But, it turns out that what Notre Dame can feature at receiver in 2021 lends itself very well to a wide open system. Kevin Austin and Jordan Johnson are big enough, but also agile and explosive. Xavier Watts and Braden Lenzy are powerful and fast, and constantly a threat. Then there is the Avery Davis, Lawrence Keys, and Lorenzo Styles group, who need the ball in their hands to do their most damage. The jet sweep trio.

This group has a lot of questions: health, lack of experience, who plays where. But, the talent and skill is not in question and maximizing their abilities would require Notre Dame to take some tight ends off the field and put some of them on.

How Does Rees Choose His QB?

We hear “build around the talent” a lot, which is always a good idea, but it’s interesting when it comes to a quarterback competition because it’s also about what quarterback can best execute the vision of the offensive coordinator. Do we know what Tommy Rees values? If he wants a dynamic offense, he needs to choose the most dynamic quarterback, whoever that might be. It could also mean bypassing the quarterback with the most experience or the most accurate passer or with the best knowledge of the offense. Will Rees choose his quarterback and cater the offense to his strengths? Or will Rees choose the quarterback who best represents the vision for what he wants the offense to be? Chip Long went with Ian Book in 2018 over Brandon Wimbush because he fit the offense he wanted to run. Wimbush never figured out the RPO game, Long wanted that in the offense, they made the switch at QB.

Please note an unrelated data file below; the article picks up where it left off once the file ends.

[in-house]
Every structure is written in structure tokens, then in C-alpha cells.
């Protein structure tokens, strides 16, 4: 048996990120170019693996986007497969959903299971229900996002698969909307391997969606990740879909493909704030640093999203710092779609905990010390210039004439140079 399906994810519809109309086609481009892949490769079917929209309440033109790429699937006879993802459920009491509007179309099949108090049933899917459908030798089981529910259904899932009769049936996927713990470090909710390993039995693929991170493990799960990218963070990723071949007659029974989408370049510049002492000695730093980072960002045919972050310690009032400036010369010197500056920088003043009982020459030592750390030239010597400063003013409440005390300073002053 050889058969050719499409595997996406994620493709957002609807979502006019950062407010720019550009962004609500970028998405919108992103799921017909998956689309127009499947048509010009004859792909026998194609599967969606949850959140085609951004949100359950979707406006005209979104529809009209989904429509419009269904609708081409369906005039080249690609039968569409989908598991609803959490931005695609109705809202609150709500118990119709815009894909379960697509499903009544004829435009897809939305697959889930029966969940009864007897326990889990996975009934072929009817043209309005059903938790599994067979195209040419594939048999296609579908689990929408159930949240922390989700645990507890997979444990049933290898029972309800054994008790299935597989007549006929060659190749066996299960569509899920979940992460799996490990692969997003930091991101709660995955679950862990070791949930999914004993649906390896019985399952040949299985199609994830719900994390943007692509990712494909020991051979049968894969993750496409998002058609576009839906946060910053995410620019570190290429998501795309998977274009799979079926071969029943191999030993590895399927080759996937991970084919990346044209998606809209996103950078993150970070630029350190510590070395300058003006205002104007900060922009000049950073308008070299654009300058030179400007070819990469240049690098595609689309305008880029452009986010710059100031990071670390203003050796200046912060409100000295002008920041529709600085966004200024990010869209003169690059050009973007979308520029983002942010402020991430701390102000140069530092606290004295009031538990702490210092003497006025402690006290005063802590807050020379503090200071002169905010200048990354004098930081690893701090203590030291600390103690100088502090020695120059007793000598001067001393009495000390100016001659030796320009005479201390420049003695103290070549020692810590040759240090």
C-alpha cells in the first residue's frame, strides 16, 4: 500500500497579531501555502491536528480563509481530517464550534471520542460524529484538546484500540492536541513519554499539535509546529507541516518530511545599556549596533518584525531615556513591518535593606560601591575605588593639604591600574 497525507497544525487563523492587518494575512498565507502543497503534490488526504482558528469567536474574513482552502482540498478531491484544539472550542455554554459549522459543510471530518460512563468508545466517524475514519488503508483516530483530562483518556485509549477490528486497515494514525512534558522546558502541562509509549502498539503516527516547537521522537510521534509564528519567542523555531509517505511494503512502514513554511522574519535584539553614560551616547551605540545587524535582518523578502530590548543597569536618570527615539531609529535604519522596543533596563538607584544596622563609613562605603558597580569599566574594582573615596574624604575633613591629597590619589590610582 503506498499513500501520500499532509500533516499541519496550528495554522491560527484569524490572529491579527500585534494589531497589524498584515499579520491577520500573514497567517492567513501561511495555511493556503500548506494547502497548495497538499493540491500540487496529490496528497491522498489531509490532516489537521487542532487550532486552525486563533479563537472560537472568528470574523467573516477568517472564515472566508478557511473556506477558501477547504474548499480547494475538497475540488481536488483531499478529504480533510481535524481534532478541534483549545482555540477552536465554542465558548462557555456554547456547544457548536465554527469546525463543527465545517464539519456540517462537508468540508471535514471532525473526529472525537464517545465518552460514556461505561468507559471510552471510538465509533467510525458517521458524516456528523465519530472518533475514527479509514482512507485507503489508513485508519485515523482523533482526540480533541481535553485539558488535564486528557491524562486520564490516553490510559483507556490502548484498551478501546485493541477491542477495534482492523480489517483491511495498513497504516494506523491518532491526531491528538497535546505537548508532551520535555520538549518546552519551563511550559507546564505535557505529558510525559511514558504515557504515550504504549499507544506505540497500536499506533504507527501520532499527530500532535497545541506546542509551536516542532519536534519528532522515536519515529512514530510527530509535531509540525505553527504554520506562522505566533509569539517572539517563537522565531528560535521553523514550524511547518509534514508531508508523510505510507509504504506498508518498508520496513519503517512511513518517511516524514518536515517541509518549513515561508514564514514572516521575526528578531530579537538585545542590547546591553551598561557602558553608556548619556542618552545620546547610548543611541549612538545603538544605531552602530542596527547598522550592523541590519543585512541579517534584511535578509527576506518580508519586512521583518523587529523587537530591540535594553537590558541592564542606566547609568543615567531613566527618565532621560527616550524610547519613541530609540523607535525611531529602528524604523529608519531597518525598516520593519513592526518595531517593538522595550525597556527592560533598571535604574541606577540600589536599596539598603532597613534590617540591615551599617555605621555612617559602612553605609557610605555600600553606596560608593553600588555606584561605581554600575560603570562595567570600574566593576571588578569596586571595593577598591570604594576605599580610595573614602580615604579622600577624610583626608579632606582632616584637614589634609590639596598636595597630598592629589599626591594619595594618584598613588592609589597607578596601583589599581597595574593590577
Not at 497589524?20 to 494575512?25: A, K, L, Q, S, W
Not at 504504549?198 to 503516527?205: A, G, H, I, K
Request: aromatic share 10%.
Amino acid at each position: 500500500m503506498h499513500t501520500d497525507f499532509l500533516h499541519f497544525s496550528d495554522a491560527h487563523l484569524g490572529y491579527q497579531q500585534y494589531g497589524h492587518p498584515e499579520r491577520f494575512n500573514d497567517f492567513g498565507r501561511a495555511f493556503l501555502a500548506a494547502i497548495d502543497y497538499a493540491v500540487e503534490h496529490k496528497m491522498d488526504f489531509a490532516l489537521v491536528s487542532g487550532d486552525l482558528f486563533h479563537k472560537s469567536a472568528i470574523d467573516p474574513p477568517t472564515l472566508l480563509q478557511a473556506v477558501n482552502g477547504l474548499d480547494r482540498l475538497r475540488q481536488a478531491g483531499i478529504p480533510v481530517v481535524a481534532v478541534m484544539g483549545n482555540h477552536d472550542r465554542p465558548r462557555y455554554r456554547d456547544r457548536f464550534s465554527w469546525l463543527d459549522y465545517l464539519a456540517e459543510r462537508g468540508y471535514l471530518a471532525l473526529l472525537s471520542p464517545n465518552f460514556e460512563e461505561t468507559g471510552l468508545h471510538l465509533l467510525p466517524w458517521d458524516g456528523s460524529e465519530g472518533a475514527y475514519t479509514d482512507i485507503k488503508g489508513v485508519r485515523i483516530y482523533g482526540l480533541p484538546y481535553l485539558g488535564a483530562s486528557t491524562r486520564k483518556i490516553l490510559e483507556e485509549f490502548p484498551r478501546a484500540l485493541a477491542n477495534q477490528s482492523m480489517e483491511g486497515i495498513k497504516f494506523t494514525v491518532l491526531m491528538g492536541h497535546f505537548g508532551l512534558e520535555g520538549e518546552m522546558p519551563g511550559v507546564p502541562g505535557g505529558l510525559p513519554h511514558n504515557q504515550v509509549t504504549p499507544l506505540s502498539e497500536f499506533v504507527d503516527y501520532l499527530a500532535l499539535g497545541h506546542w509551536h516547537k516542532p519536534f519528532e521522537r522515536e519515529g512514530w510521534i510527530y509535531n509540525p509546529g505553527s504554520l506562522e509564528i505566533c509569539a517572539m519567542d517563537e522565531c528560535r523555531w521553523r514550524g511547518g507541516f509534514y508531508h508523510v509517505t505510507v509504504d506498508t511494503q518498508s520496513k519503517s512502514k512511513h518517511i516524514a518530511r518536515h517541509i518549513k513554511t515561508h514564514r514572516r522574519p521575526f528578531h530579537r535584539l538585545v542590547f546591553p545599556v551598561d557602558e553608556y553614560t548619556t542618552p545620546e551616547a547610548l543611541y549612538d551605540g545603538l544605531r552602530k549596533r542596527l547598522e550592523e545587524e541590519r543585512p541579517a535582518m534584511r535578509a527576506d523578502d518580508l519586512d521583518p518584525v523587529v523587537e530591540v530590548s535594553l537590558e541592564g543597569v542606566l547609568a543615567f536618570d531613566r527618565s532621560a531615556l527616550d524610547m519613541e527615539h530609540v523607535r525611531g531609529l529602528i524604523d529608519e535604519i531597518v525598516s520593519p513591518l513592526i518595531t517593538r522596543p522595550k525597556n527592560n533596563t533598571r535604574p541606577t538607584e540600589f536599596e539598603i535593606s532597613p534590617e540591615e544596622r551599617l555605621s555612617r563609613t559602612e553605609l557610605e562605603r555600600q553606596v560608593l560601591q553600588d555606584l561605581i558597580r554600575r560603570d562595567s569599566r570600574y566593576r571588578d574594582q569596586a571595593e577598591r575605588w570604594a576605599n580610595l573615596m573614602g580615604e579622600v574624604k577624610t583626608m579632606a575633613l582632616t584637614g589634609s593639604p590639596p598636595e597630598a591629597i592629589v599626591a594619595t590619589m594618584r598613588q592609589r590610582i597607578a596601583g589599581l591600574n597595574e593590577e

Do we know if there is any one thing at quarterback Tommy Rees needs?

How I See It

There is a “why not both?” quality to all of this. “Be good at all things”, I say. But it is hard to be EVERYTHING on offense. You do have to emphasize something. As for the tight ends, it certainly seems likely that it will be more advantageous to have a third receiver on the field this season, or a second back, than a second tight end, whereas that wasn’t the case last season. That in itself can change the offense in a lot of ways. If the choice is Takacs or Bauman instead of Davis or Styles, I’d likely want the latter group out there.

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And the fact is, Notre Dame can be explosive in the passing game without throwing the ball a ton down field, see our matchup against Alabama where they completed one pass beyond 20 yards (26) and completed 15 passes between 0-5 yards down field, while gashing us for 10 yards per attempt. This is where Jack Coan, minus a huge arm, can be most effective, much like Ian Book was in 2018. And not for nothing, but this would also be a benefit to a new offensive line without a ton of experience.

I expect Notre Dame to feature more dynamic elements to the offense, however those come about, which will be both very interesting and no guarantee of a change to the bottom line in terms of wins and losses. But, at least then we’ll be able to complain about something else.